Monday, March 1, 2010

Stage 9 Action Against ME/CFS

Various models assign 5 to 7 stages to the grieving process.

They say we work through grief in stages from denial to acceptance.

I'd like to propose that a further stage, somewhere along the way (let's say stage 9, so we leave 8 open for the time being to anyone who wants to fill in a penultimate stage) (and perhaps this 9 I'm proposing isn't in fact the ultimate stage if you want to add being dead and therefore beyond caring or being in Tir Na Nog and having nicer things to think about or being in heaven and having achieved an understanding of how all the suffering fits into the plan of a god) ahem. Let us, as I say, propose a stage 9. Action.

It's beyond Acceptance. Nor is it equal to the earlier stages of Reconstruction, Working Through, Adapting to Loss. No. Action, real Stage Nine Action, means fighting back.

How do you fight back, if you've lost a loved one? People do it all the time. Make a contribution to the Alzheimer's Association, participate in a bike-a-thon for the Leukemia Society, contribute volunteer hours to the Cancer Society, join a letter-writing effort against a war via a church Service Committe, or join Mothers Against Drunk Driving. When a loved one is taken by an identifiable cause, and we've gone far enough in the grieving process, we get to work, fighting that killer. The fight may go on for the rest of our lives. That's Stage Nine Action.

It works in self-grief, too. People disabled by chronic illness have to go through stages of grief over the loss of a major part of our own lives. It can feel as if the person who we once were has died. We deny the reality of the illness, think surely we're misdiagnosed. We get angry and we ask, "Why me?" We try to bargain with everyone from doctors to gods to get our healthy lives back if we do x, y or z. We get dragged down into depression by the magnitude of our loss of activities, work and friends. We eventually reach acceptance and learn to live a different life, within the limits of the disease.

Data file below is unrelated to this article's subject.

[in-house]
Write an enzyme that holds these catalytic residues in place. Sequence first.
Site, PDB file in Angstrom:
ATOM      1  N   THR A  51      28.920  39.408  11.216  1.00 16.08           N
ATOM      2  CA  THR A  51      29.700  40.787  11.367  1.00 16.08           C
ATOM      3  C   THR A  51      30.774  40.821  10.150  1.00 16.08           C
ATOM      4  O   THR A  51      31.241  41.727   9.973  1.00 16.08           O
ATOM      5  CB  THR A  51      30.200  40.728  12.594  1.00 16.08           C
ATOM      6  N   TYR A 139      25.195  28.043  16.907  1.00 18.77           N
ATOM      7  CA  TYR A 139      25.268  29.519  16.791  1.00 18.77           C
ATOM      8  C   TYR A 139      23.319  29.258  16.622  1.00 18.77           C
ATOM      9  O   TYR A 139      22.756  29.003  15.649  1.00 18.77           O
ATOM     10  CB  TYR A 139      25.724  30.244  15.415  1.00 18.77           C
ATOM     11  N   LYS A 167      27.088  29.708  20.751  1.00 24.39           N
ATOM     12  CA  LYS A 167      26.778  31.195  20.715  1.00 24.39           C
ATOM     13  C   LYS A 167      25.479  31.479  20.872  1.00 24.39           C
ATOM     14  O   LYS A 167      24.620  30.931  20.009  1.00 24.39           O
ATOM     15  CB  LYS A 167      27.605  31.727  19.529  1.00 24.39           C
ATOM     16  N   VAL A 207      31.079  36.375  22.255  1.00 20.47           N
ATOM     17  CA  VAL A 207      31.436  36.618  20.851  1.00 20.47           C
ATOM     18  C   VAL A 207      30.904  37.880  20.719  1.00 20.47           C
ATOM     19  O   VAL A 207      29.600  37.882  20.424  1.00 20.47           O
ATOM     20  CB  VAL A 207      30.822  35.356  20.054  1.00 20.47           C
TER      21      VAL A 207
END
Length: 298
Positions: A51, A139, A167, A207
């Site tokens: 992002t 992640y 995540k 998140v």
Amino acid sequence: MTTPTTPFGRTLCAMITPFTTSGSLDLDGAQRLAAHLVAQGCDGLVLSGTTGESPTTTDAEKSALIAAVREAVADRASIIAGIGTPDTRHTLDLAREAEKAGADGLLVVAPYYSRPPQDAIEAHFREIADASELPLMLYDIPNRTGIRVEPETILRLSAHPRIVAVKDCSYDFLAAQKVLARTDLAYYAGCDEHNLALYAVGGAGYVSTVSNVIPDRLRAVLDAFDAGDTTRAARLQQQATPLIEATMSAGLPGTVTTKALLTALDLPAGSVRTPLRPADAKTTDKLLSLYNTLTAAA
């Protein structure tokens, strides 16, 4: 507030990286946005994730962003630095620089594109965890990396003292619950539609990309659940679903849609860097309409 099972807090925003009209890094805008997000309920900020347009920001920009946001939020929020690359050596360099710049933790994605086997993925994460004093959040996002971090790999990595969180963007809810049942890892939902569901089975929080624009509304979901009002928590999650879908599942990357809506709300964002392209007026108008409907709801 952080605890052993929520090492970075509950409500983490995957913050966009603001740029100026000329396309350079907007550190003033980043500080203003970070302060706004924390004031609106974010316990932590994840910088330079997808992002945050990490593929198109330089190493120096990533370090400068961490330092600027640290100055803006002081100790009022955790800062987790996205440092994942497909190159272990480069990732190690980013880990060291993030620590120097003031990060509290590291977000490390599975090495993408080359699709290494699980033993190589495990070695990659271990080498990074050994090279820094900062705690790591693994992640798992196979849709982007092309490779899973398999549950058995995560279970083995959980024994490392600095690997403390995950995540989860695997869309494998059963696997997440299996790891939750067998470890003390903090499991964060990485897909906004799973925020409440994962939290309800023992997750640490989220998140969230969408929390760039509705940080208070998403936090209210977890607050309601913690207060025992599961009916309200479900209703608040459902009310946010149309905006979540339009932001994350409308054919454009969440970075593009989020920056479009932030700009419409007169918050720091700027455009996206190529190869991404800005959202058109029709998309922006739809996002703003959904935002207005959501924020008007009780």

But acceptance can't be the end.

Beyond acceptance, there's action. Action to inform others. Action to increase research. Action to promote the search for a cure.

Loss and grief change us profoundly, whether we are grieving for ourselves or others. The loved ones of people with chronic and disabling diseases also suffer loss and have to go through grief. We come to the Acceptance stage with new knowledge, wisdom and strength.

These uses of adversity are not to be kept for ourselves alone. We share their great value through action.

Action may be as small as an email, a vote on an internet poll, signing a petition; but every time we take those tiny actions we take them for ourselves, for our loved ones and for the millions of strangers who may at any time be hit by the same force that brought us our own grief.

In my own case, both my children and I were hit by post-viral fatigue syndrome which in two of us developed into Myalgic Encephalomyelitis/Chronic Fatigue Syndrome and Fibromyalgia. A small percentage of sufferers recover completely but to cling to that piece of information would be to stay in denial. There is no cure. There is no reliable treatment. There are only a vast plethora of possibilities, all requiring research.

If ME/CFS---your own or a loved one's---has brought you to grief, please consider enrolling in an email list to be notified of quick and easy actions:

Through that link, you can enroll to receive very occasional email alerts letting you know how to help promote critical biomedical research.

Some folks are dead, others can't take action, but you and I can click a button now and then to make a little difference.

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